Gone are the days when Floridians could smoke virtually anywhere. After the passage of the state’s Clean Indoor Air Act, most smoking in public and private businesses is illegal. Still, there are few restrictions to prevent drivers from smoking inside their vehicles.
While you may not care much if a commercial driver lights up behind the wheel, a trucker’s smoking habit may put your life in danger. Consequently, if you suffer a serious injury in a collision with a tractor-trailer, you may want to investigate whether the trucker’s preference for cigarettes played some role in the crash.
Truckers smoke more than other drivers
According to the Centers for Disease Control and Prevention, truck drivers are twice as likely to smoke cigarettes than other drivers. This may be due to a variety of reasons, such as trying to stay alert or simply attempting to pass the time.
Smoking leads to serious health conditions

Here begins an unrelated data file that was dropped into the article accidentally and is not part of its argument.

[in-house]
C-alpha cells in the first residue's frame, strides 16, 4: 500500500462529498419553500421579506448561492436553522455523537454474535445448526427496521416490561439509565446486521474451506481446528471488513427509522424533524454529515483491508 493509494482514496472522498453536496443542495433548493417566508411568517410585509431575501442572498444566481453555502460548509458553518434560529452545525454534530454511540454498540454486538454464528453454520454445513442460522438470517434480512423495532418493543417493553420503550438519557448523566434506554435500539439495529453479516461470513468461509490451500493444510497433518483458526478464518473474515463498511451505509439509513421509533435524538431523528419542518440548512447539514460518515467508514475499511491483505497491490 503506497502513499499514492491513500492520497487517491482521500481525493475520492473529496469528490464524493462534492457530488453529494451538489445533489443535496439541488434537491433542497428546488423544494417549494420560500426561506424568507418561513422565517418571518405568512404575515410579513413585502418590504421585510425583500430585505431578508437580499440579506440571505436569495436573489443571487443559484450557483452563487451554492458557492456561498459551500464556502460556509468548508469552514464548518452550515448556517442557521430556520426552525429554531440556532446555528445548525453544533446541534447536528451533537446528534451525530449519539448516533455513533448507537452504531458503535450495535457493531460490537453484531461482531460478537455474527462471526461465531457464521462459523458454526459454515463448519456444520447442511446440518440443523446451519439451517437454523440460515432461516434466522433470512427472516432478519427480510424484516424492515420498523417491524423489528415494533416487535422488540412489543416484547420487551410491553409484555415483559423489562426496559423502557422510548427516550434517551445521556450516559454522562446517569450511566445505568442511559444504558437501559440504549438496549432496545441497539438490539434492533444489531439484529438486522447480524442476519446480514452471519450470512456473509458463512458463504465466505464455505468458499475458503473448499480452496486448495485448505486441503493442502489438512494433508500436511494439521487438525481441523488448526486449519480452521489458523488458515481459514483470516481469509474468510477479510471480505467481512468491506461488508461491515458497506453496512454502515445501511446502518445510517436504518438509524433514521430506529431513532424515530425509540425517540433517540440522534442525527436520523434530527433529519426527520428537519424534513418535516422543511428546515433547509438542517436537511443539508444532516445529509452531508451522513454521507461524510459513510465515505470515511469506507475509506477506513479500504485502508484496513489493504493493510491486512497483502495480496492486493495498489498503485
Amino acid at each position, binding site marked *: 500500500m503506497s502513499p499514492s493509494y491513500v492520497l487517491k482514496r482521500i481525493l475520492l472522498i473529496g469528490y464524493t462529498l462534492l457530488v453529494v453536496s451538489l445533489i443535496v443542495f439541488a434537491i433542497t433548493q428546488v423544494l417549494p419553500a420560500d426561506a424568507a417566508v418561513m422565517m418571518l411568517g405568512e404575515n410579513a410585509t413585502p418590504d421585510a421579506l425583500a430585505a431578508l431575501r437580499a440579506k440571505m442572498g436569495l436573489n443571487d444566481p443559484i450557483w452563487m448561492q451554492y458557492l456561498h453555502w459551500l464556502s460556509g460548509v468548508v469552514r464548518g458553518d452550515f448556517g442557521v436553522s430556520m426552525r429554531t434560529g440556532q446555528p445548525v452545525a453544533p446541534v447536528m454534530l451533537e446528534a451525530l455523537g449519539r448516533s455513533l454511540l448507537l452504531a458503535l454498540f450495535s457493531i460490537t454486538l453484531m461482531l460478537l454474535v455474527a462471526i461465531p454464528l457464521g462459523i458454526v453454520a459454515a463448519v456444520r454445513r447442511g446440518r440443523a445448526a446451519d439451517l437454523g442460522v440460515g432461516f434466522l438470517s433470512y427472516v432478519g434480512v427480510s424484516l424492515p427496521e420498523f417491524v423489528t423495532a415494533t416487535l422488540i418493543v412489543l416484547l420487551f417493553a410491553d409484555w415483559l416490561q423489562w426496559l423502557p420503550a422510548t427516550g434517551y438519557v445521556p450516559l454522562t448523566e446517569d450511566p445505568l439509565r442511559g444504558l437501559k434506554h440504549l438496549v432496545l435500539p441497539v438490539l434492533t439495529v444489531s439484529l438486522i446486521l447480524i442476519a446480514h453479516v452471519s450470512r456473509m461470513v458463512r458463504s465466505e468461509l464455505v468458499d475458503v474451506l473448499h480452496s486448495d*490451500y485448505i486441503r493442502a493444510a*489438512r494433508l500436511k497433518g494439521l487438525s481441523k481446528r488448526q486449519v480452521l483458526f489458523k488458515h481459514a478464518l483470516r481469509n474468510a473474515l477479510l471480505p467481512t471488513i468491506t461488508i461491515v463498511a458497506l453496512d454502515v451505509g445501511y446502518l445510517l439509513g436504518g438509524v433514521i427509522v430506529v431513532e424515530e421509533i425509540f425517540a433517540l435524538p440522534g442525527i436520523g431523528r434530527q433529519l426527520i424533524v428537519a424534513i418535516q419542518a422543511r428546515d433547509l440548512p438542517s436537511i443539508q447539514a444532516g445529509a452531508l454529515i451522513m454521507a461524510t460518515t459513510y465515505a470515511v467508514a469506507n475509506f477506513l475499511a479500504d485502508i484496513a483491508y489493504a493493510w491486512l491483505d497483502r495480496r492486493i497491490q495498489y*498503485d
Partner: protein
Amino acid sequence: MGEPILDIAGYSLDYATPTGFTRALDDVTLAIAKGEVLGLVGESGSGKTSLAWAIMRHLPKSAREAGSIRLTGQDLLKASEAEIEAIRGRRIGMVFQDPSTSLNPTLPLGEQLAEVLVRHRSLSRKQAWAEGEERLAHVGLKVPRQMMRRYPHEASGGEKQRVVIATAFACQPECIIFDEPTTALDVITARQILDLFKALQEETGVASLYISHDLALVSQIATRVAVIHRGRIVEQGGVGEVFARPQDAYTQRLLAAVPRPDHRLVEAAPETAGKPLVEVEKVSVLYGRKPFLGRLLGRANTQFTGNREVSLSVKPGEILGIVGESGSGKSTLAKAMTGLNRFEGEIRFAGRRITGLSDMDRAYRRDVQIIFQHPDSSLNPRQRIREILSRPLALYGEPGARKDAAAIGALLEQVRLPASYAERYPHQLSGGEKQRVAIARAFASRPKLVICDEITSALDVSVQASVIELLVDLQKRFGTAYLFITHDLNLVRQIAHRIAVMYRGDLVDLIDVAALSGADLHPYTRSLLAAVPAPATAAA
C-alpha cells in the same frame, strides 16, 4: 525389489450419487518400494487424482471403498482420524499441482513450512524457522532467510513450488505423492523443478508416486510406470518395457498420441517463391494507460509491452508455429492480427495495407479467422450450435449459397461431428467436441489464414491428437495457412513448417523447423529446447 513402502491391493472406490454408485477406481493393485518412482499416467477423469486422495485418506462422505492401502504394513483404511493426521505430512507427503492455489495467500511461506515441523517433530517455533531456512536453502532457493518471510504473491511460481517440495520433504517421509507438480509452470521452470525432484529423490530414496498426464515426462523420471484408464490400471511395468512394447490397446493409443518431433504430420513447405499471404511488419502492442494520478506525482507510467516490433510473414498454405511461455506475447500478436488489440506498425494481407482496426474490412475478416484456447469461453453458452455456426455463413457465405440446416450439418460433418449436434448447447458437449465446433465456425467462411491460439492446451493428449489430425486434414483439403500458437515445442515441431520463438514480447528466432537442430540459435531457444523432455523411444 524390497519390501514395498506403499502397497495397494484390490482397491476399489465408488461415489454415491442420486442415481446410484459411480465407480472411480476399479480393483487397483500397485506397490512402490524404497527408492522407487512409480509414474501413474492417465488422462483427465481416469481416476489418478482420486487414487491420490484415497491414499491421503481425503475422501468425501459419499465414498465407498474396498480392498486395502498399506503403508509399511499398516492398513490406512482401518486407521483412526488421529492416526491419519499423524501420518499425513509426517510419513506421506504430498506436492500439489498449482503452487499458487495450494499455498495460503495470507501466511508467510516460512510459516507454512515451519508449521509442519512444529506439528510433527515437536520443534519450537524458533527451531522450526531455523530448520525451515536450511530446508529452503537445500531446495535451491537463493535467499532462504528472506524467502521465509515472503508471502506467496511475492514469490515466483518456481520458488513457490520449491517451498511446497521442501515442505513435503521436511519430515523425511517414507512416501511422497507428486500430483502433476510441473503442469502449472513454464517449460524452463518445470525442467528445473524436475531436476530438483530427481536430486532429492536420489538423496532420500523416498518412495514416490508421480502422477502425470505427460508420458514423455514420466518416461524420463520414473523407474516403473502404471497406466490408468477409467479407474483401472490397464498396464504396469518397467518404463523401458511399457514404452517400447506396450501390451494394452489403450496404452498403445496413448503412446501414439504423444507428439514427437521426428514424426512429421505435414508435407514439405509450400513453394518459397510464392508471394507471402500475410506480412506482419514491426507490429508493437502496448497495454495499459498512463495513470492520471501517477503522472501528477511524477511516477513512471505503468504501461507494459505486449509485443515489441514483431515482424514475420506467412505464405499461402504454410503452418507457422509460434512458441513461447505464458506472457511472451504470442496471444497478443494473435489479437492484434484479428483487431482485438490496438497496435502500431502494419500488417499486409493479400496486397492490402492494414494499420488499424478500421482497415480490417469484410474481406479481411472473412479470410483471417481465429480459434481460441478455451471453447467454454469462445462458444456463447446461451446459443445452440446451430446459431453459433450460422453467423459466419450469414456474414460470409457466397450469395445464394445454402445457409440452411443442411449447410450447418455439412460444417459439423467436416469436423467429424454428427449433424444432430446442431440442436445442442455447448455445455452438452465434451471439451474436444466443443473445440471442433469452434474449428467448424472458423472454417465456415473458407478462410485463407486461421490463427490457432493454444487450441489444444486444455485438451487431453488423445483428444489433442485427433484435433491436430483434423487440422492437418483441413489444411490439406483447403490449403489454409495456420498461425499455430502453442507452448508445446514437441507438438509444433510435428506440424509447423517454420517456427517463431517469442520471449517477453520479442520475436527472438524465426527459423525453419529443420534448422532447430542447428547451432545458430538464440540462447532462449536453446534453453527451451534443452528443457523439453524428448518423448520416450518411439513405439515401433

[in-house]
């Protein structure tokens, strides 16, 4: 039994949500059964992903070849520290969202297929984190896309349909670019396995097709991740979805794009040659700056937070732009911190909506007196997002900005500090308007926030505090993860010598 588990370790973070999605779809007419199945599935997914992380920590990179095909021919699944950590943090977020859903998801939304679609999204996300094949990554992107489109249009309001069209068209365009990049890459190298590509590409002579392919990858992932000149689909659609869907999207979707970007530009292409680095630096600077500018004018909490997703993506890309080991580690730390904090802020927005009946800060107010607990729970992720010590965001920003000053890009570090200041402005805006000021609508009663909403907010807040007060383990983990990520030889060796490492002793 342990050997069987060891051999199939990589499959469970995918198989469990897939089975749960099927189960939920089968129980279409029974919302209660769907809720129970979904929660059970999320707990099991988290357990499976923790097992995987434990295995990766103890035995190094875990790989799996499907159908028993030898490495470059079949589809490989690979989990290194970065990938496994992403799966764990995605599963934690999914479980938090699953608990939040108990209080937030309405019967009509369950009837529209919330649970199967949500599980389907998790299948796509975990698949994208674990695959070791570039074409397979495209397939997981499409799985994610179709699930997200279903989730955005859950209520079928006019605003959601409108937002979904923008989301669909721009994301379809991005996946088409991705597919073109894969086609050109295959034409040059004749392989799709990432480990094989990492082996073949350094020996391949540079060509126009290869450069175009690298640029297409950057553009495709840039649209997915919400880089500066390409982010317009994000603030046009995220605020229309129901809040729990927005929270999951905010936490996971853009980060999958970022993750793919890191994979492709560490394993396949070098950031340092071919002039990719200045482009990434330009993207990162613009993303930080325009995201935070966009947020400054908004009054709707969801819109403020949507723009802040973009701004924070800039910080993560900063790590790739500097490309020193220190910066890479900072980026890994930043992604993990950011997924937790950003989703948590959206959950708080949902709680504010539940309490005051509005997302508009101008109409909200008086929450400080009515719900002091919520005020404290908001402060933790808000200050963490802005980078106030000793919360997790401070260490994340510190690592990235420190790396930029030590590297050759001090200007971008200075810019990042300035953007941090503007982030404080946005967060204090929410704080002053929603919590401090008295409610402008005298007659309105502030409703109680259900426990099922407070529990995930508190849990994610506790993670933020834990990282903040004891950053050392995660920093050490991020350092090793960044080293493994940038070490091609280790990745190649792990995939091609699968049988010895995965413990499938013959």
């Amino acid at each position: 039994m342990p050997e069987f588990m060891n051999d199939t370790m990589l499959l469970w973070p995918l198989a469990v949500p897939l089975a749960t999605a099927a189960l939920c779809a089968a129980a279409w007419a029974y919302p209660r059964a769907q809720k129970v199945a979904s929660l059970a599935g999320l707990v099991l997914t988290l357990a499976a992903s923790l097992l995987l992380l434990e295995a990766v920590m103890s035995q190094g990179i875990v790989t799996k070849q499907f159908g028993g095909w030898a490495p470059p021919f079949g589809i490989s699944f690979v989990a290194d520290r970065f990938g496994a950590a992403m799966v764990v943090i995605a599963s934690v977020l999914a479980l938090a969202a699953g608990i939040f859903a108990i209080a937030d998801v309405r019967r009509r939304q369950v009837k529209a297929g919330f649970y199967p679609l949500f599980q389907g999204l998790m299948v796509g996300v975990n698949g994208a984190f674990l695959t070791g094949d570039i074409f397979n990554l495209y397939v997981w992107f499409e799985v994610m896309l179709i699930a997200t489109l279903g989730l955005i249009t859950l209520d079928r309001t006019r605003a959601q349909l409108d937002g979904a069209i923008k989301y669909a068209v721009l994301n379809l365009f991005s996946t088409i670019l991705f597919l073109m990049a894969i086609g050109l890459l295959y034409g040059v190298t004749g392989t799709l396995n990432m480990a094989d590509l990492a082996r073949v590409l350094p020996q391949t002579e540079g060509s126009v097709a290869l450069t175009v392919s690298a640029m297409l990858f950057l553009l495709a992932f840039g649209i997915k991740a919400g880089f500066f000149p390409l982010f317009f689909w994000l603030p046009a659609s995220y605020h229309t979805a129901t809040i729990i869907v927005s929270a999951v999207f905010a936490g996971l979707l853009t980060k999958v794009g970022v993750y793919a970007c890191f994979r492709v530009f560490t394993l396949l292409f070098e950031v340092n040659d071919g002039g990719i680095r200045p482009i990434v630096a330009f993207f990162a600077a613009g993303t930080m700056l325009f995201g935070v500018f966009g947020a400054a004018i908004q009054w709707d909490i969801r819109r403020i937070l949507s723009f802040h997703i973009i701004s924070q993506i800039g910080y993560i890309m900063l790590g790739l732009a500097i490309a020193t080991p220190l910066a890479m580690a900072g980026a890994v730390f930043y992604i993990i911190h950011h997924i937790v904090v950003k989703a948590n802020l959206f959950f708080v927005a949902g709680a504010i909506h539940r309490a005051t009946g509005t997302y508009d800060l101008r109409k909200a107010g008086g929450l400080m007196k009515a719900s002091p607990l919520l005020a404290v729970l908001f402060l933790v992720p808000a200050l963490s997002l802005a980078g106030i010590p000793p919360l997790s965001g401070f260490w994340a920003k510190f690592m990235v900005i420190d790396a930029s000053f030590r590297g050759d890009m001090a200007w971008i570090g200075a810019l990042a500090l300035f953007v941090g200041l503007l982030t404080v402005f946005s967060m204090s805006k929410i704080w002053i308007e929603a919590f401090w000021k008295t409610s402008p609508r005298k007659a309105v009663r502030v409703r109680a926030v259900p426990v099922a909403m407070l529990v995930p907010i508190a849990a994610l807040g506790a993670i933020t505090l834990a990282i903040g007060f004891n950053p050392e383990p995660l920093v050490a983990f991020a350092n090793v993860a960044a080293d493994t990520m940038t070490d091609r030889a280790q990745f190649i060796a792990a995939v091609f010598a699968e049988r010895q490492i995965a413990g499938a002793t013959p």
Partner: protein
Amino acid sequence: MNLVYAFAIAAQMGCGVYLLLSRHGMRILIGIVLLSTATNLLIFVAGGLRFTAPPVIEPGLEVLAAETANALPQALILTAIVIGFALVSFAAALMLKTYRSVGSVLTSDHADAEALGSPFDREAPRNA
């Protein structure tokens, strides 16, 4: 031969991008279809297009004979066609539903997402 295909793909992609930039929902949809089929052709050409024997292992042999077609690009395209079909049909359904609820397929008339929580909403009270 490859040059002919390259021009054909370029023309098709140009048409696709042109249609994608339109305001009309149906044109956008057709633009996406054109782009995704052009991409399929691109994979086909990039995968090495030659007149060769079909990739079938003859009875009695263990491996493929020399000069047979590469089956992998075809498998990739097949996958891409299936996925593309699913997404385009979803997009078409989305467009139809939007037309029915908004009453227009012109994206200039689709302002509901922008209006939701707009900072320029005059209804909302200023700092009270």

Smoking can be catastrophic to anyone’s health. In fact, those who smoke cigarettes are at greater risk of developing cancer, lung disease, stroke, heart disease and other ailments. While truckers with commercial licenses undergo regular health screenings, smoking-related diseases may appear between checkups.
Smoking-related diseases make drivers unsafe
If truckers develop heart disease, stroke or other smoking-associated diseases, they may lose control of their vehicles. Because tractor-trailers outweigh other vehicles by as much as 75,000 pounds, losing control of one is likely to lead to catastrophic consequences.
All truckers have a duty to drive responsibly. Ultimately, if a trucker’s smoking-related poor health causes an accident that injures you, you may be eligible for substantial financial compensation from the trucker or trucking company.